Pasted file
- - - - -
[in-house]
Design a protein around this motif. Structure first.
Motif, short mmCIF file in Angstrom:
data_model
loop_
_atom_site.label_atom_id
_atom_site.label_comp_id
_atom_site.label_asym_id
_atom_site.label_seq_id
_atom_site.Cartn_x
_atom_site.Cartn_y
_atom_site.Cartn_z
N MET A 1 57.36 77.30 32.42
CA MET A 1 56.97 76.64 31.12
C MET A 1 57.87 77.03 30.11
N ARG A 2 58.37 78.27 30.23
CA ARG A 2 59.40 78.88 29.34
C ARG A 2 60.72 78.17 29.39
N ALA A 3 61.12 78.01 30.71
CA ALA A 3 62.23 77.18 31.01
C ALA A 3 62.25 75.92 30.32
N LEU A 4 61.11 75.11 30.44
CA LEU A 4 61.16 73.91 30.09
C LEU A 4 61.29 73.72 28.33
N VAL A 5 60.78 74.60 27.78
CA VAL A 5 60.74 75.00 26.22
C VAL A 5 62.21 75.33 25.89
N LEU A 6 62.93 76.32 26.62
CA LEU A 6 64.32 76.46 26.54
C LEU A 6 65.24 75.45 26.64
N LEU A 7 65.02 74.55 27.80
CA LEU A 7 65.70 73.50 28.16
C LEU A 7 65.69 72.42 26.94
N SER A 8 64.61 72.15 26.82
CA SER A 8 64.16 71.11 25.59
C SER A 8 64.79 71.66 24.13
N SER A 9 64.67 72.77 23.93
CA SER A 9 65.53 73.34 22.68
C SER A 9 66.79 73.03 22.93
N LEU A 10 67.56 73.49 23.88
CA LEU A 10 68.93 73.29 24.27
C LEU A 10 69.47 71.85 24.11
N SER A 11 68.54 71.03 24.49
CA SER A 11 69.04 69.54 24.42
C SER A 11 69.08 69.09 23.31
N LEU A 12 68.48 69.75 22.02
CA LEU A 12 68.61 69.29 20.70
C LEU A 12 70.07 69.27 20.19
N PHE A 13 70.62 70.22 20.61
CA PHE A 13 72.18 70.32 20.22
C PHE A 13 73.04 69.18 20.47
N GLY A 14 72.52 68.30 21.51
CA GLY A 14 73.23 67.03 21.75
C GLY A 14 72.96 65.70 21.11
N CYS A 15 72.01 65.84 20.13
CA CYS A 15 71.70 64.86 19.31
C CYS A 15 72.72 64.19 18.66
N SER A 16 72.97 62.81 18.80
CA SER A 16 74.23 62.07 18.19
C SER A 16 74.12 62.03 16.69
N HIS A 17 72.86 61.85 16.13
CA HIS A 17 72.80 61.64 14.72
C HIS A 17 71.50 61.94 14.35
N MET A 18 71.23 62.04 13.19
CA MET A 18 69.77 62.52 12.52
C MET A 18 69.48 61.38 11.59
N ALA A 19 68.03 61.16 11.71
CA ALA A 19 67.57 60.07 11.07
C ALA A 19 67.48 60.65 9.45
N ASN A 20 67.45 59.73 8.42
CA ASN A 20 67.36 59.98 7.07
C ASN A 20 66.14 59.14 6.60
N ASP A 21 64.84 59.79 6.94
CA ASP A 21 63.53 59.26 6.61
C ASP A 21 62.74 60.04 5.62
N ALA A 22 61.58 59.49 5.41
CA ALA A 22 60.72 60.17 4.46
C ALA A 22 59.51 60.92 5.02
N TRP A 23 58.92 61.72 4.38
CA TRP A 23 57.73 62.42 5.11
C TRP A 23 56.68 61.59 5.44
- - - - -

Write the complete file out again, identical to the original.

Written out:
[in-house]
Design a protein around this motif. Structure first.
Motif, short mmCIF file in Angstrom:
data_model
loop_
_atom_site.label_atom_id
_atom_site.label_comp_id
_atom_site.label_asym_id
_atom_site.label_seq_id
_atom_site.Cartn_x
_atom_site.Cartn_y
_atom_site.Cartn_z
N MET A 1 57.36 77.30 32.42
CA MET A 1 56.97 76.64 31.12
C MET A 1 57.87 77.03 30.11
N ARG A 2 58.37 78.27 30.23
CA ARG A 2 59.40 78.88 29.34
C ARG A 2 60.72 78.17 29.39
N ALA A 3 61.12 78.01 30.71
CA ALA A 3 62.23 77.18 31.01
C ALA A 3 62.25 75.92 30.32
N LEU A 4 61.11 75.11 30.44
CA LEU A 4 61.16 73.91 30.09
C LEU A 4 61.29 73.72 28.33
N VAL A 5 60.78 74.60 27.78
CA VAL A 5 60.74 75.00 26.22
C VAL A 5 62.21 75.33 25.89
N LEU A 6 62.93 76.32 26.62
CA LEU A 6 64.32 76.46 26.54
C LEU A 6 65.24 75.45 26.64
N LEU A 7 65.02 74.55 27.80
CA LEU A 7 65.70 73.50 28.16
C LEU A 7 65.69 72.42 26.94
N SER A 8 64.61 72.15 26.82
CA SER A 8 64.16 71.11 25.59
C SER A 8 64.79 71.66 24.13
N SER A 9 64.67 72.77 23.93
CA SER A 9 65.53 73.34 22.68
C SER A 9 66.79 73.03 22.93
N LEU A 10 67.56 73.49 23.88
CA LEU A 10 68.93 73.29 24.27
C LEU A 10 69.47 71.85 24.11
N SER A 11 68.54 71.03 24.49
CA SER A 11 69.04 69.54 24.42
C SER A 11 69.08 69.09 23.31
N LEU A 12 68.48 69.75 22.02
CA LEU A 12 68.61 69.29 20.70
C LEU A 12 70.07 69.27 20.19
N PHE A 13 70.62 70.22 20.61
CA PHE A 13 72.18 70.32 20.22
C PHE A 13 73.04 69.18 20.47
N GLY A 14 72.52 68.30 21.51
CA GLY A 14 73.23 67.03 21.75
C GLY A 14 72.96 65.70 21.11
N CYS A 15 72.01 65.84 20.13
CA CYS A 15 71.70 64.86 19.31
C CYS A 15 72.72 64.19 18.66
N SER A 16 72.97 62.81 18.80
CA SER A 16 74.23 62.07 18.19
C SER A 16 74.12 62.03 16.69
N HIS A 17 72.86 61.85 16.13
CA HIS A 17 72.80 61.64 14.72
C HIS A 17 71.50 61.94 14.35
N MET A 18 71.23 62.04 13.19
CA MET A 18 69.77 62.52 12.52
C MET A 18 69.48 61.38 11.59
N ALA A 19 68.03 61.16 11.71
CA ALA A 19 67.57 60.07 11.07
C ALA A 19 67.48 60.65 9.45
N ASN A 20 67.45 59.73 8.42
CA ASN A 20 67.36 59.98 7.07
C ASN A 20 66.14 59.14 6.60
N ASP A 21 64.84 59.79 6.94
CA ASP A 21 63.53 59.26 6.61
C ASP A 21 62.74 60.04 5.62
N ALA A 22 61.58 59.49 5.41
CA ALA A 22 60.72 60.17 4.46
C ALA A 22 59.51 60.92 5.02
N TRP A 23 58.92 61.72 4.38
CA TRP A 23 57.73 62.42 5.11
C TRP A 23 56.68 61.59 5.44